|Office of the Attorney General - State of Texas
August 25, 2000
Mr. Steven D. Monté
Dear Mr. Monté:
You have asked whether certain information is subject to required public disclosure under chapter 552 of the Government Code. Your request was assigned ID# 140151.
The Dallas Police Department received a request for any offense reports regarding two named persons and call sheets for two specified addresses. You state that you will release the call sheets. You claim that the remaining requested information is excepted from public disclosure under section 552.101 of the Government Code.
Section 552.101 excepts from disclosure "information considered to be confidential by law, either constitutional, statutory, or by judicial decision." Section 552.101 encompasses common law privacy. Common-law privacy protects information if (1) the information contains highly intimate or embarrassing facts the publication of which would be highly objectionable to a reasonable person, and (2) the information is not of legitimate concern to the public. Industrial Found. of the South v. Texas Indus. Accident Bd., 540 S.W.2d 668, 685 (Tex. 1976), cert. denied, 430 U.S. 931 (1977). The type of information considered intimate and embarrassing by the Texas Supreme Court in Industrial Foundation included information relating to sexual assault, pregnancy, mental or physical abuse in the workplace, illegitimate children, psychiatric treatment of mental disorders, attempted suicide, and injuries to sexual organs. 540 S.W.2d at 683. We have marked the information in offense report number 0552698-D that you must withhold under common law privacy.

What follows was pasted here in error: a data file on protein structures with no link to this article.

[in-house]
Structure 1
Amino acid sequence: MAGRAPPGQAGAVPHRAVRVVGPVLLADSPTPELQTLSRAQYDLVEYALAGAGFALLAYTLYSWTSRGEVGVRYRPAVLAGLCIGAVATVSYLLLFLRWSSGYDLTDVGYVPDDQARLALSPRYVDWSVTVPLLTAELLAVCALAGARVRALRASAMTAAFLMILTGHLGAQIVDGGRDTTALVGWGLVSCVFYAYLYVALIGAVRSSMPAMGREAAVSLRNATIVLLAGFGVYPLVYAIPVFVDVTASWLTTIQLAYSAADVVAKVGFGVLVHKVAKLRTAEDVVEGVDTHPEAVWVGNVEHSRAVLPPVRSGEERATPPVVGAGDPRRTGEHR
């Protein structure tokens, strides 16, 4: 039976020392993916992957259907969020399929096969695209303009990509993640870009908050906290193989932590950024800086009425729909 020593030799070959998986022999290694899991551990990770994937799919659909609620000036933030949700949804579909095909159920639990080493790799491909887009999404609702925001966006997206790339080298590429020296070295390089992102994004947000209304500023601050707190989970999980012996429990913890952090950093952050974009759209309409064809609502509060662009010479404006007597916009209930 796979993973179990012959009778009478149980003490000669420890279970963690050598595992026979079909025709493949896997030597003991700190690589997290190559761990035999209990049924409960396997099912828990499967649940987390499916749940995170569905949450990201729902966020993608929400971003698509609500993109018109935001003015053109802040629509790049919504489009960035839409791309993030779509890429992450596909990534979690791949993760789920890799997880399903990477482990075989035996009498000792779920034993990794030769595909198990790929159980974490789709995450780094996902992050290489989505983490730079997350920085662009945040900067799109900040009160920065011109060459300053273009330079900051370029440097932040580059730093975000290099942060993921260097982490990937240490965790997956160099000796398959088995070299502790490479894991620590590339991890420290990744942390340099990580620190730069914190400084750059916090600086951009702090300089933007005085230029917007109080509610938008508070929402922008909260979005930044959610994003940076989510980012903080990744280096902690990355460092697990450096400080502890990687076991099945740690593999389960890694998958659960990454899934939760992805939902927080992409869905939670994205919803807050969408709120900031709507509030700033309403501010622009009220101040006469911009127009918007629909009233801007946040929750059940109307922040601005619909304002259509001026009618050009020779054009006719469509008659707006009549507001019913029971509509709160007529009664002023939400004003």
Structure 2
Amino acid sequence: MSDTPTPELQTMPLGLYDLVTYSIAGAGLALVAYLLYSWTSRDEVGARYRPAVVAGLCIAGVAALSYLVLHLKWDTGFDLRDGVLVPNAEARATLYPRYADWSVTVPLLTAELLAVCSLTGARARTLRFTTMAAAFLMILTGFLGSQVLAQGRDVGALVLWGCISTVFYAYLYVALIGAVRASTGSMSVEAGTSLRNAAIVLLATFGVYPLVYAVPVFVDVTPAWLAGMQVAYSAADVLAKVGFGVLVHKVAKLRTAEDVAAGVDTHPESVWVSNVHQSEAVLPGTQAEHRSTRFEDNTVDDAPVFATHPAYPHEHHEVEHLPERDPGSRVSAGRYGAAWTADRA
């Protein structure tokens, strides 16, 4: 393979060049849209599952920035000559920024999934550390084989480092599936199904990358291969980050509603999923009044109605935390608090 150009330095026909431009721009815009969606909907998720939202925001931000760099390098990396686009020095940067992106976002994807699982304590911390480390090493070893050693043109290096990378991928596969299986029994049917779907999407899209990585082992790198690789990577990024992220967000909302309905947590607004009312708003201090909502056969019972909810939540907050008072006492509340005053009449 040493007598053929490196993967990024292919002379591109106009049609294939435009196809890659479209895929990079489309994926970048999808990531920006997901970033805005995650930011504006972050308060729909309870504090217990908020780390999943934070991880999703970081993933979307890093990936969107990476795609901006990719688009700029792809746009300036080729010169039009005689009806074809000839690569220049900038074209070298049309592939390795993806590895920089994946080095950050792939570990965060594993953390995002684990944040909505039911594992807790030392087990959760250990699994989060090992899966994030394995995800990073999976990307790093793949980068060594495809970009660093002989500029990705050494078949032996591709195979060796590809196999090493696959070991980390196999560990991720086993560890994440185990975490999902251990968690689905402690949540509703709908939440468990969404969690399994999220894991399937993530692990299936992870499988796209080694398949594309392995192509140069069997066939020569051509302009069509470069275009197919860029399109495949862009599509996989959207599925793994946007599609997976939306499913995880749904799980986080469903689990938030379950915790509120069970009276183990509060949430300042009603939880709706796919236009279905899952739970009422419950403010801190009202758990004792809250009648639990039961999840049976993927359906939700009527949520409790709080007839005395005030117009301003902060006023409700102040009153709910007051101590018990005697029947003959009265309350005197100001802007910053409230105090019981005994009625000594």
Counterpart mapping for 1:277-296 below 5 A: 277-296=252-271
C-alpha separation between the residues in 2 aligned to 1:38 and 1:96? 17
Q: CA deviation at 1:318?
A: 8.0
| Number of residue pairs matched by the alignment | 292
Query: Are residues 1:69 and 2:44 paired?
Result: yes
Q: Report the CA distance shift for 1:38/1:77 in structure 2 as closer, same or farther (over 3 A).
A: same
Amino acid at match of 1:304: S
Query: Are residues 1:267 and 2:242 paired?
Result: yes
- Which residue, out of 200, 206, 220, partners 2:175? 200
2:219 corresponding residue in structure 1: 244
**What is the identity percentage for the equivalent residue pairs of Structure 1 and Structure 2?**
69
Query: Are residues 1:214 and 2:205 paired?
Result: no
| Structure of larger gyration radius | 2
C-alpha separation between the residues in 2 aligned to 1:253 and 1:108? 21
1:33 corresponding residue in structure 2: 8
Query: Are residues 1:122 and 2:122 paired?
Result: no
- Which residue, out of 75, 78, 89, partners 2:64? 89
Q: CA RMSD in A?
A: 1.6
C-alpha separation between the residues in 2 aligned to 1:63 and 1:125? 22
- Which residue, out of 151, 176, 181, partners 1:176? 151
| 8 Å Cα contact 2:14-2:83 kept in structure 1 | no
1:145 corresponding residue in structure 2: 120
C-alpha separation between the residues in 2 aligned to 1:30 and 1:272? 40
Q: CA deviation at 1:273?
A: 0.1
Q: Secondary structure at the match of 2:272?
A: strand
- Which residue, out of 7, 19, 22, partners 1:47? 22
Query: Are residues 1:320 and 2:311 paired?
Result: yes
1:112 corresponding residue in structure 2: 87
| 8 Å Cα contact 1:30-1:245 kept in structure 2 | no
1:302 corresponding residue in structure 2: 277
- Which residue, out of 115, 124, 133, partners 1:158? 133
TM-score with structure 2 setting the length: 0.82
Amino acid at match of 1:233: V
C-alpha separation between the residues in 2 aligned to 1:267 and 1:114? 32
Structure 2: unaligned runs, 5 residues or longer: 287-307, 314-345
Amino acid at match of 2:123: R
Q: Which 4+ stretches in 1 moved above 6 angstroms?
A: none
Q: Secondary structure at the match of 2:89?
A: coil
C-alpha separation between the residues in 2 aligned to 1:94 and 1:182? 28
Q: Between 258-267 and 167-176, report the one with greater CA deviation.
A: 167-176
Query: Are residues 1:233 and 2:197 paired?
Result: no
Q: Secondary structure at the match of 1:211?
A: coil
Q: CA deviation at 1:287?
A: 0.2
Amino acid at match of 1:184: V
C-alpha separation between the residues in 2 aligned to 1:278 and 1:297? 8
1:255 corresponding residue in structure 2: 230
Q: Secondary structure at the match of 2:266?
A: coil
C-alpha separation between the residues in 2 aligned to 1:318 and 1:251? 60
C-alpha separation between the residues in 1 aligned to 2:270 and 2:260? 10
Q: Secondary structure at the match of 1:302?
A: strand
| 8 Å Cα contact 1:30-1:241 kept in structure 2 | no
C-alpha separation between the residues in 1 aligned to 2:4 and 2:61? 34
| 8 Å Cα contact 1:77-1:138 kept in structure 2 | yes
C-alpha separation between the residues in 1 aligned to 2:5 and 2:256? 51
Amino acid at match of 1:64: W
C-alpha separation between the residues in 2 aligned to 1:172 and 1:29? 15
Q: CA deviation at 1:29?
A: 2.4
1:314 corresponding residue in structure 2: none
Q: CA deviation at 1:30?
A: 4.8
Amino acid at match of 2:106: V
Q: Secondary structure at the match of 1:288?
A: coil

Furthermore, where an individual's criminal history information has been compiled by a governmental entity, the information takes on a character that implicates the individual's right to privacy. See United States Dep't of Justice v. Reporters Comm. for Freedom of the Press, 489 U.S. 749 (1989). In this instance, the requestor asks for all information concerning two named persons. In this case, we believe that the individuals' right to privacy has been implicated. Thus, where the named individuals are possible suspects, we conclude that you must withhold this information under common law privacy as encompassed by section 552.101 of the Government Code. See id.
If this ruling requires or permits the governmental body to withhold all or some of the requested information, the requestor can appeal that decision by suing the governmental body. Id. § 552.321(a); Texas Department of Public Safety v. Gilbreath, 842 S.W.2d 408, 411 (Tex. App.--Austin 1992, no writ).
Ref.: ID# 140151
Encl. Marked documents
cc: Mr. Scott Smith